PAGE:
Friday, August 26, 2016

On the Nose

Tucker continues to claim most of my attention with his latest physical ailment. I don’t think this one is serious, though it is puzzling, and therefore something to watch closely.

A few days ago, the roly poly one developed a small but vivid redness on one side of his nose, like a small scratch. That is, in fact, what I believed it was. It would not have been the first time he had annoyed another cat enough to have received such punishment. But the next day, the ‘scratch’ had grown, and last night I noted that it covered even more area.

This morning, it is no larger, but it is still present. It resembles a random pattern of blotches, very small and on the right side of the front of Tucker’s nose. I have applied Vaseline to it twice, as it looked a little dry, as well as red. I did this before when his nose suffered a bit of a crack during his time with a cold. Then, he did not mind me putting some ointment on his nose; this time, he reacted differently, and I wonder if the skin there is tender or otherwise sensitive.

Since the ruddiness has spread since I first observed it, I have ruled out a scratch. It may be an infection of some sort, or an allergic reaction. Tucker has not eaten or drunk anything unusual recently, so I suspect it is not an allergy. He remains the same in all other aspects: he is happy and cheerful, plays and retains a good appetite.

The pictures were my attempt to photograph the redness on his nose. Readers may want to enlarge the images by clicking on them. When happy, Tucker likes to rub his face on the spindles of the chair’s back, purring all the while. These were the best I could achieve, and what anyone sees of the nose and its mystery is, I'm afraid, minimal.

I will keep an eye on the nose, and if it changes any further for the worse, I may have to take the roly poly one to the veterinary hospital, something which we both want to avoid. The problem may be a passing thing; Tucker has had enough physical troubles, and I would like to see this one simply fade away. We will remain vigilant.

Tuesday, August 23, 2016

Their Personal Best

In keeping with the recent Olympic Games, held in Brazil, this past weekend saw a record established in a sporting event held at my apartment. All four of my cats threw up within a twenty-four hour period. I couldn’t be more pleased at their success.

I don’t believe any of their actions were indications of health problems. Each of their upsets was different, and can’t even be traced to a similar cause. This indicates the individuality of their sporting events, and how they approach them, in a disgusting sort of way.

Josie vomits the most. She also regurgitates the most. She has a very sensitive stomach, and some days, she will throw up all her food, though the next she will keep it down. Hard-food, soft-food, it doesn’t matter; some days, it all comes back up. Often, she will yodel before puking. This time, I didn’t even hear her, and found a neat little pile on the bedspread later on. I had to wash the bedding anyway.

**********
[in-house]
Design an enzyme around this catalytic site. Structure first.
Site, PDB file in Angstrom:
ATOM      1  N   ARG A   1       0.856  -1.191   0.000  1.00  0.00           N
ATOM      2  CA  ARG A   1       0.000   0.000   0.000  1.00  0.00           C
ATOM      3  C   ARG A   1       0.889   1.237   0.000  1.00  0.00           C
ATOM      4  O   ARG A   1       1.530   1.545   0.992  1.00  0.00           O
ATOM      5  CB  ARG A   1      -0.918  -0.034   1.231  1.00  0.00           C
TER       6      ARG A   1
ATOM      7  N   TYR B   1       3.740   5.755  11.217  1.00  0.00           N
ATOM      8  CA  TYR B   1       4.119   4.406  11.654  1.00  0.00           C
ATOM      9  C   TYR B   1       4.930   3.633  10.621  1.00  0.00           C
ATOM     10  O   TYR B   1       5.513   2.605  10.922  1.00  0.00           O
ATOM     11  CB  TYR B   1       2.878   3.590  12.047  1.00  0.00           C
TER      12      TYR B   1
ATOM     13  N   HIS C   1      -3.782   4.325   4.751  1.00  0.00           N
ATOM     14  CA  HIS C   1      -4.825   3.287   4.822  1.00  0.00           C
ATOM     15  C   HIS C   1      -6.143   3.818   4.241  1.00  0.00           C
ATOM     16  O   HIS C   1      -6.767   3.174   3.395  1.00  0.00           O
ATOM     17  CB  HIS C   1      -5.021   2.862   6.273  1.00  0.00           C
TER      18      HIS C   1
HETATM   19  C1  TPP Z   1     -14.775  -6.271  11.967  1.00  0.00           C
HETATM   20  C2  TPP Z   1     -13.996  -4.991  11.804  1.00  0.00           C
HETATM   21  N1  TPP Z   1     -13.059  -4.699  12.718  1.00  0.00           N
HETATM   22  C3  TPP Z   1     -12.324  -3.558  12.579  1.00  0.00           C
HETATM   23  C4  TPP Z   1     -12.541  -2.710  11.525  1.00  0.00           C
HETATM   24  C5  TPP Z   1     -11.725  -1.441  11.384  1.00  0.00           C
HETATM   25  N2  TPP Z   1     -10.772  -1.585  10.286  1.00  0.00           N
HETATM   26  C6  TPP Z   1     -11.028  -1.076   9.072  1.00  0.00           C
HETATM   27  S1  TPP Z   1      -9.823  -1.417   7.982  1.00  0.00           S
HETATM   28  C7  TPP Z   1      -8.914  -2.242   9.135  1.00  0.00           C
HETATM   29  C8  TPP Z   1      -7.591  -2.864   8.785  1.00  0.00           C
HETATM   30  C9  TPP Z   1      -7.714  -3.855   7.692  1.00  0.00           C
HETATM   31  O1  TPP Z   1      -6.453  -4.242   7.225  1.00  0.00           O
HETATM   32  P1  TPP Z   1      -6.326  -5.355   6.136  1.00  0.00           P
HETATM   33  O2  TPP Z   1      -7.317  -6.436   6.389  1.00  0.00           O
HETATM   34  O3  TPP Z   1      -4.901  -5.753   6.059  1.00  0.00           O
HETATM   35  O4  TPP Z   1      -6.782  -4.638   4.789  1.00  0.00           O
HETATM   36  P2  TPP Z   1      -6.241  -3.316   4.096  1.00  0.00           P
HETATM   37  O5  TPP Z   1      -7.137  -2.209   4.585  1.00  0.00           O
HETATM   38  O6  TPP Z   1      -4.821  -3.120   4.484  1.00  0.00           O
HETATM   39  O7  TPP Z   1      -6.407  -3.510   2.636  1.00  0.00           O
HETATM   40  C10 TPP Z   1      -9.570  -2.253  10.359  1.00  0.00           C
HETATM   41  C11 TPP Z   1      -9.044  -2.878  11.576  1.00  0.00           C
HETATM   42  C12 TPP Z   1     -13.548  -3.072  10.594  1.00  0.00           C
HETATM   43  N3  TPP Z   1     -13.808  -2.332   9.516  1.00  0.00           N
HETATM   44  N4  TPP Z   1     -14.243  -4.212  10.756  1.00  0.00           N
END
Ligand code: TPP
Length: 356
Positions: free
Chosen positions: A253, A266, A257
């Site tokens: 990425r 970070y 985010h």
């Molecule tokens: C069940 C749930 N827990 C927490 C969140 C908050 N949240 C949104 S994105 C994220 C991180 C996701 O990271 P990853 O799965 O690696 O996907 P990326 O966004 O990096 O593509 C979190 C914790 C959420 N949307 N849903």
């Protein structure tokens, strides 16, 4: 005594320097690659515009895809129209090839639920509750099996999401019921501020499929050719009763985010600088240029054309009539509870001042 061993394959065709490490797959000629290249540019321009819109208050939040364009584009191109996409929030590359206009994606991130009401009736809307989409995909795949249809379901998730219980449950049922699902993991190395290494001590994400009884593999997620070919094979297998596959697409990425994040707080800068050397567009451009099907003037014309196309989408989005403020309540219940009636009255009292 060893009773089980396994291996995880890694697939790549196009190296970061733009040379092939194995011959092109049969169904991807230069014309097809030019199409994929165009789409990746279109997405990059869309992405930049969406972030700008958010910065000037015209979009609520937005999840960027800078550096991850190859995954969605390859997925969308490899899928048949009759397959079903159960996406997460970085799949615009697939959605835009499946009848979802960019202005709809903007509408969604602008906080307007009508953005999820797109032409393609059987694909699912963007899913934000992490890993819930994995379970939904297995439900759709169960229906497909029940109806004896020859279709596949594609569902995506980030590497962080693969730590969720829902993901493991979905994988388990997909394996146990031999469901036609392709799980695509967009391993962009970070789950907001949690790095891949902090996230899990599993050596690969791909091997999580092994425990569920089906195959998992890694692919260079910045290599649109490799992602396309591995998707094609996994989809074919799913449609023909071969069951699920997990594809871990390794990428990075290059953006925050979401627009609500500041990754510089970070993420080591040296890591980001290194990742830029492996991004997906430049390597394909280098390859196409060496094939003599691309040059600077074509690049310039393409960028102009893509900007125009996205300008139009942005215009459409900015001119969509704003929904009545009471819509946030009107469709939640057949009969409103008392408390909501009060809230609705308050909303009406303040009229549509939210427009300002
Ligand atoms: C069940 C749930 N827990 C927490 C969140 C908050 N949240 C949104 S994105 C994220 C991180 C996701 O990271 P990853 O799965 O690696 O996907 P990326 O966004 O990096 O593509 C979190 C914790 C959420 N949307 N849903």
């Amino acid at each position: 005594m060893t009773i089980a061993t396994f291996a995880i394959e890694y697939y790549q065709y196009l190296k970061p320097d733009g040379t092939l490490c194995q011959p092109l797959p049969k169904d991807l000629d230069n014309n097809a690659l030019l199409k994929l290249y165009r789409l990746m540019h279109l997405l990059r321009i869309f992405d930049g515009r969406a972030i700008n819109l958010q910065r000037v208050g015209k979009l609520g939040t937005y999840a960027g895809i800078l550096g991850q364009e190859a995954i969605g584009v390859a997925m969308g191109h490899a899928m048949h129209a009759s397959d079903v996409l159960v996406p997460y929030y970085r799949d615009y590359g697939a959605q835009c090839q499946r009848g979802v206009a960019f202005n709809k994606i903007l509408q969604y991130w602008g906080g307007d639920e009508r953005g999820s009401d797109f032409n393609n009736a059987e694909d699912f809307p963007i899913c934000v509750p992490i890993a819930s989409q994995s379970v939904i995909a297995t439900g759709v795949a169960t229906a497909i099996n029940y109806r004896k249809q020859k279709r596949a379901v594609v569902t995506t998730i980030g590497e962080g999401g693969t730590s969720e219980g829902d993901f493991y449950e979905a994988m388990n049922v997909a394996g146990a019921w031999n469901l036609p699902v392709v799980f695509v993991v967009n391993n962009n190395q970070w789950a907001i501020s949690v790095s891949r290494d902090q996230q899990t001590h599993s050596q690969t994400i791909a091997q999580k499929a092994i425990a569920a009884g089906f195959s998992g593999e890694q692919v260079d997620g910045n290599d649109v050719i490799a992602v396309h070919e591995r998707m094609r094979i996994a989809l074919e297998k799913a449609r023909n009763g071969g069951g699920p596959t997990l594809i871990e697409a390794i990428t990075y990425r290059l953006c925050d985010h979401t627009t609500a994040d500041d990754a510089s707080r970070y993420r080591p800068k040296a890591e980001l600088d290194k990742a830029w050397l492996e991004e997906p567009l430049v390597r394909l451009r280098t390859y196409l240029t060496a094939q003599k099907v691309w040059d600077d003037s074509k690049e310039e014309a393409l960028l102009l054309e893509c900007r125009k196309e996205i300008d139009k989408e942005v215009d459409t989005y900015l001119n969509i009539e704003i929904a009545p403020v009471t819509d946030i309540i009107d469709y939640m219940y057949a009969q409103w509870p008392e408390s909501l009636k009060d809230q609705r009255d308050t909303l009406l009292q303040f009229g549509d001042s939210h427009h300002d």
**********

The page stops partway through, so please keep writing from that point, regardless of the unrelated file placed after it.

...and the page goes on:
Tucker was next. He too usually gives a warning; in his case, it is in the form of heaving. Not this Saturday. It was like a quick flip in a judo competition. It was done in a second. It was done on the sitting room rug. Like my Chubs, the chuck he upped was soft-food, but of a different brand, and at a different time of day. It was on the same rug, though.

Cammie surprised me. She rarely throws up. She sometimes chokes while gobbling her hard-food; I wish she would chew the kernels more carefully. This time, however, something disagreed with the princess’s stomach rather than her throat, and she left a mess on top of a bookcase. At least it was easier to clean than a rug. And hard-food was the culprit.

Finally, there was Renn. My big boy vomits least of all the four. Perhaps he didn’t want to be left out this day. His actions have to do almost exclusively with hairballs. He coughed one up, in keeping with his tradition. But his technique was spectacular. I was privileged to have witnessed it. It exploded out of him and hit the cats’ favourite Kick-a-roo dead-centre. A champion archer couldn’t have done better.

After washing, wiping, pouring, scrubbing - and laundering a bedraggled Kick-a-roo - the rest of the day was uneventful; my furry Olympians took their leisure. Everyone was fine after they, literally, got it out of their systems, but, unlike the human athletes in Rio de Janeiro, there was no partying; the beasts went to bed early. They didn’t even wait for the presentation of medals.

Monday, August 22, 2016

His Sense of Playfulness

The comic actor Martin Short identified a necessary characteristic of the ‘buddy movie’ genre. He said that at one point in the film, the two leads (constituting the ‘buddies’ of the genre) have to be in a moving automobile, look through the windshield and simultaneously scream in terror at what is hurtling toward them.

I am reminded of this to an extent when I interact with Tucker. He has a playful quality about him that reinforces the impression that he is a big, albeit furry, baby. He will be sitting or lying about and I will approach him with the clear intent of seizing his head, or grabbing his face or ears, or some such thing. He knows it is in fun and will squeal like a film character being attacked in a horrible but amusing manner. Think of Bill Murray being slimed in Ghostbusters.

If it is true that cats vocalise only to humans, as has been discussed on this blog recently - and this is an assertion which I don’t doubt - then Tucker can be screaming only for my benefit (and maybe his own) and must be pretending. He knows that he is not about to be hurt (he is purring all the while), yet reacts as if he is going to be dealt a mortal blow. It’s part of our game.

How this game developed I can’t say. Other cats may play similarly, but squealing in fake fear is not something I’ve heard about in other animals. Why Tucker does it can only be due to a sense of playfulness, to a quality special to his roly poly personality. It may change, it may disappear, but for now, he and I are enjoying ourselves.

Friday, August 19, 2016

The Unbusy Bee